I went to a Cloud services exhibition at Olympia yesterday. On the trip, so thoughtfully extended in duration by London Underground managers, I was reading the free Metro newspaper. One of the articles by Aidan Radnedge was titled "Business elite: Earnings gap will fuel riots across Europe." It was a report on part of the action at the World Economic Conference in Davos. The general view supported by a Bloomberg poll was that the disparity between the wealthy and the rest of the world will lead to protests.
I'd predict that some of the people/organisations who come under fire will be Bankers and their premises. There is in effect a greatly increased risk of the Bankers' infrastructure coming under targeted attacks in the next couple of years. It will not be just the blind anger of the mobs, but also calculated very damaging attacks by informed intelligent individuals intent on damaging the operations of the financial companies.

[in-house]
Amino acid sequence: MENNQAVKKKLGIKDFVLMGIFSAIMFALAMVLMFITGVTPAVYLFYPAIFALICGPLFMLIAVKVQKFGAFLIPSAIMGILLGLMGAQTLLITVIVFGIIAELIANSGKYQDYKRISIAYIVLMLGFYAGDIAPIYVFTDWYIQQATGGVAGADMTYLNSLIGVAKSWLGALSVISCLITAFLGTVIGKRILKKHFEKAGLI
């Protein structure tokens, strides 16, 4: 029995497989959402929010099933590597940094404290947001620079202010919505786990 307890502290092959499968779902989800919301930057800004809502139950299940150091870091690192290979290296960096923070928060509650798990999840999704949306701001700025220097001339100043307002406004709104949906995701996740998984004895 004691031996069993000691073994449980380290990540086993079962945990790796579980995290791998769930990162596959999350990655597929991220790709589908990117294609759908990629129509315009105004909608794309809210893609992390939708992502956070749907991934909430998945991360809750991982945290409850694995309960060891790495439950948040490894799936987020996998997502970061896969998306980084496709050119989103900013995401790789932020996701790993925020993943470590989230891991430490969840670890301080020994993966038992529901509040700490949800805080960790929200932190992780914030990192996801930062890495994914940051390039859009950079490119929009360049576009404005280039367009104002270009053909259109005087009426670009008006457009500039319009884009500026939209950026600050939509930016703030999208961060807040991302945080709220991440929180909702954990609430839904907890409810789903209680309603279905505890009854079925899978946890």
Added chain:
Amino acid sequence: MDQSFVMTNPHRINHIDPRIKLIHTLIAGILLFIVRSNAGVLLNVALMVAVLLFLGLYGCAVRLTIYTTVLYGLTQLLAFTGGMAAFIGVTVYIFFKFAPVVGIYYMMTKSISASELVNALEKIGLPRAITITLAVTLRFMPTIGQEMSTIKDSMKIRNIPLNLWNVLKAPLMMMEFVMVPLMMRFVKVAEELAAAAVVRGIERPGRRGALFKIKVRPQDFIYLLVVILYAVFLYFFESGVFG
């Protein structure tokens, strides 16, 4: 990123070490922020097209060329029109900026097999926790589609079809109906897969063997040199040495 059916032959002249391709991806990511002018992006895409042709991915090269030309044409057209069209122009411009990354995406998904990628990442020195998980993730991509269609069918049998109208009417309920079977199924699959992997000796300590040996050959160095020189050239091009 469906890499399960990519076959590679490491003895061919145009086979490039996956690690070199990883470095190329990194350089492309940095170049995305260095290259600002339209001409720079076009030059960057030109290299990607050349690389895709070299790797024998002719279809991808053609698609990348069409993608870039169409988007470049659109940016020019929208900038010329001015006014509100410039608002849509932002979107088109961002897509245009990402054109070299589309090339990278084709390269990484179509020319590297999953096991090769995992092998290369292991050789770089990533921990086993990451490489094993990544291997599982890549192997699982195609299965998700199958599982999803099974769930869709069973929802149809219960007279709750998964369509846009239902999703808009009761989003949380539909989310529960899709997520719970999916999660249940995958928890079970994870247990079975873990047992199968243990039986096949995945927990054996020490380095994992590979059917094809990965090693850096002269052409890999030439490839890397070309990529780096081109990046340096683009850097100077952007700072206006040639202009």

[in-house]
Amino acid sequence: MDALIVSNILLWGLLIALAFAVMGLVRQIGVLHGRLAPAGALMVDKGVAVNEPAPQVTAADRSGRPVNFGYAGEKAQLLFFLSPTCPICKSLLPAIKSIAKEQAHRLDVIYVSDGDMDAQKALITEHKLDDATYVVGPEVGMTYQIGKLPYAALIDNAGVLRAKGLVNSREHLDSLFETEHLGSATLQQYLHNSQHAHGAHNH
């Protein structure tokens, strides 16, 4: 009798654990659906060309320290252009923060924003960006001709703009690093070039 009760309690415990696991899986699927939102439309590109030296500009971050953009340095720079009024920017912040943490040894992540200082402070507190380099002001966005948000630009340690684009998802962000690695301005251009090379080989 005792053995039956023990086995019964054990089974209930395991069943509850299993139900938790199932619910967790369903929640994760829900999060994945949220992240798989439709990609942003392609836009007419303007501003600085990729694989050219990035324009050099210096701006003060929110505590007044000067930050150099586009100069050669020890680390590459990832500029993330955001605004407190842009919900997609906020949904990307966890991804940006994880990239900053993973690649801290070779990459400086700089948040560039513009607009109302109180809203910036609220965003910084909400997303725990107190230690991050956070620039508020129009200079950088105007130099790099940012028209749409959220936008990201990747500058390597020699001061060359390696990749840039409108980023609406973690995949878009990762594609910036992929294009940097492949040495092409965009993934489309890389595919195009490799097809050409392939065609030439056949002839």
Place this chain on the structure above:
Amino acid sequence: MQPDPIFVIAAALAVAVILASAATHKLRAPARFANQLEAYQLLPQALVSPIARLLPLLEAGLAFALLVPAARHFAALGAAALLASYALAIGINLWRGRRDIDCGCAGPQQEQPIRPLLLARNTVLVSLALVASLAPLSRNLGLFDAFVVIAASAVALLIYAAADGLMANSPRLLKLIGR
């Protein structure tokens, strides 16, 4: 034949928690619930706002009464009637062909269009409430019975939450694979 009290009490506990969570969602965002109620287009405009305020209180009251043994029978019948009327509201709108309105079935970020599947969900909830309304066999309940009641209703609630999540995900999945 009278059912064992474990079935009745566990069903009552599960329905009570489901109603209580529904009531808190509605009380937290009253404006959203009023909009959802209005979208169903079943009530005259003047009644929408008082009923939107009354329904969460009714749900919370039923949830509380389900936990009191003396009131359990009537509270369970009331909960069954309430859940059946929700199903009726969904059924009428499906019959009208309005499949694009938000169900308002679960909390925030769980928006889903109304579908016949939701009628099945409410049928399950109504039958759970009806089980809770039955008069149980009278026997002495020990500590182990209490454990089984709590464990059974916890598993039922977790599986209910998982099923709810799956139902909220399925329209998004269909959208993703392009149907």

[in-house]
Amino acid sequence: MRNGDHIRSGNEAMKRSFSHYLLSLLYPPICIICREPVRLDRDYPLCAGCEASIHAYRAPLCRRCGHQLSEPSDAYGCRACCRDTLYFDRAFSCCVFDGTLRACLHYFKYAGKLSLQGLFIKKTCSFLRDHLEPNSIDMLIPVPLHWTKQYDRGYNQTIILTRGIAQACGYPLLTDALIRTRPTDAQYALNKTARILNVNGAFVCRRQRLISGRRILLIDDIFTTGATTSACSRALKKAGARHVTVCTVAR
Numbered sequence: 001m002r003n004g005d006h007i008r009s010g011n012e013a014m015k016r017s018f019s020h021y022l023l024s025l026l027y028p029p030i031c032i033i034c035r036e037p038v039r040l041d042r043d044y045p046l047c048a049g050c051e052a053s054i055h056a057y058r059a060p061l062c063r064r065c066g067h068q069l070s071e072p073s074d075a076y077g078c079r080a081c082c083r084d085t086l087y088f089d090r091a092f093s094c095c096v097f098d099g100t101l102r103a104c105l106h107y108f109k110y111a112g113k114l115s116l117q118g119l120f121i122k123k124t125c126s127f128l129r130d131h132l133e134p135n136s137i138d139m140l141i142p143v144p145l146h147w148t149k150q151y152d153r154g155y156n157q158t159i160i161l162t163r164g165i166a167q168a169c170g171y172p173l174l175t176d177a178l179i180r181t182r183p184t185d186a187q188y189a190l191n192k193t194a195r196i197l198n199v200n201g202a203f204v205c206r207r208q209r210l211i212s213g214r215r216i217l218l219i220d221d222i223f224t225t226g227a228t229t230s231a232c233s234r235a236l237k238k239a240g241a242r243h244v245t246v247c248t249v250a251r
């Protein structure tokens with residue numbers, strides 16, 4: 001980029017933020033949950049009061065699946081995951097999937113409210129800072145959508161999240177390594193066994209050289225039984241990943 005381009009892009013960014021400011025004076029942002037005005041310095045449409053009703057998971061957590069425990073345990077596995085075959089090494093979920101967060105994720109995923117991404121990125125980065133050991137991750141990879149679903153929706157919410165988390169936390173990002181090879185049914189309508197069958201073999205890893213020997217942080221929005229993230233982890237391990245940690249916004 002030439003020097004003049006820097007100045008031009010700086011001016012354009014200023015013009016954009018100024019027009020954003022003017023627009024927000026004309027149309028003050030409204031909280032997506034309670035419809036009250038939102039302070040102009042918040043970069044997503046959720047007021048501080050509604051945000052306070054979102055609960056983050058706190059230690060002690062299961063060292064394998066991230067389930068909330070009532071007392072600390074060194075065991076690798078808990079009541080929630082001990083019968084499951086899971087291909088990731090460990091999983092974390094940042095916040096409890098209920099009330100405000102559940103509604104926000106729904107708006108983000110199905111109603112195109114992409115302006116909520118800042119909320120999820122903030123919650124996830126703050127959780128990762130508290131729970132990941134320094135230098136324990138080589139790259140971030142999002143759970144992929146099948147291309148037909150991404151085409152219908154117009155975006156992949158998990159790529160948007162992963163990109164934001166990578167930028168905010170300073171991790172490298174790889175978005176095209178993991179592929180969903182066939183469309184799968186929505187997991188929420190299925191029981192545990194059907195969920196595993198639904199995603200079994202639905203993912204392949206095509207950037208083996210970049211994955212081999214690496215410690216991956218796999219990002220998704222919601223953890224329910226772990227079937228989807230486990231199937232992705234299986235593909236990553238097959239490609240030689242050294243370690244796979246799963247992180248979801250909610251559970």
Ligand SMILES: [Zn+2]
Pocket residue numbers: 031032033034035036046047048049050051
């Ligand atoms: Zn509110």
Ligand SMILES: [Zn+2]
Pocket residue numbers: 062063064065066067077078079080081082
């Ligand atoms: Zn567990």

During my visit at the exhibition I visited the stands of several large data centre hosting companies to discuss developments in their offerings. As part of the discussion I threw in a couple of security questions about their operational procedures. I'm sad to say every one of those companies "failed" those simple security questions. The question was about methods by which rioters, malicious agents or hostile governments could use to disable the computing facilities at their data centres. The general response was "Oh, we hadn't thought of that. I'll have to check."
The questions I'd posed were fairly simple, but in the interests of security I'll not reveal them here. I'm happy to discuss them with any bona fide company representative off-line. If the line of attack I'd proposed was followed it could be used to simultaneously defeat geographically dispersed data centres. The perpetrators would be well away from the scene when the damage occurred. I know of one hosting company who reviewed and changed their procedures after I'd asked the same questions of them during an inspection visit.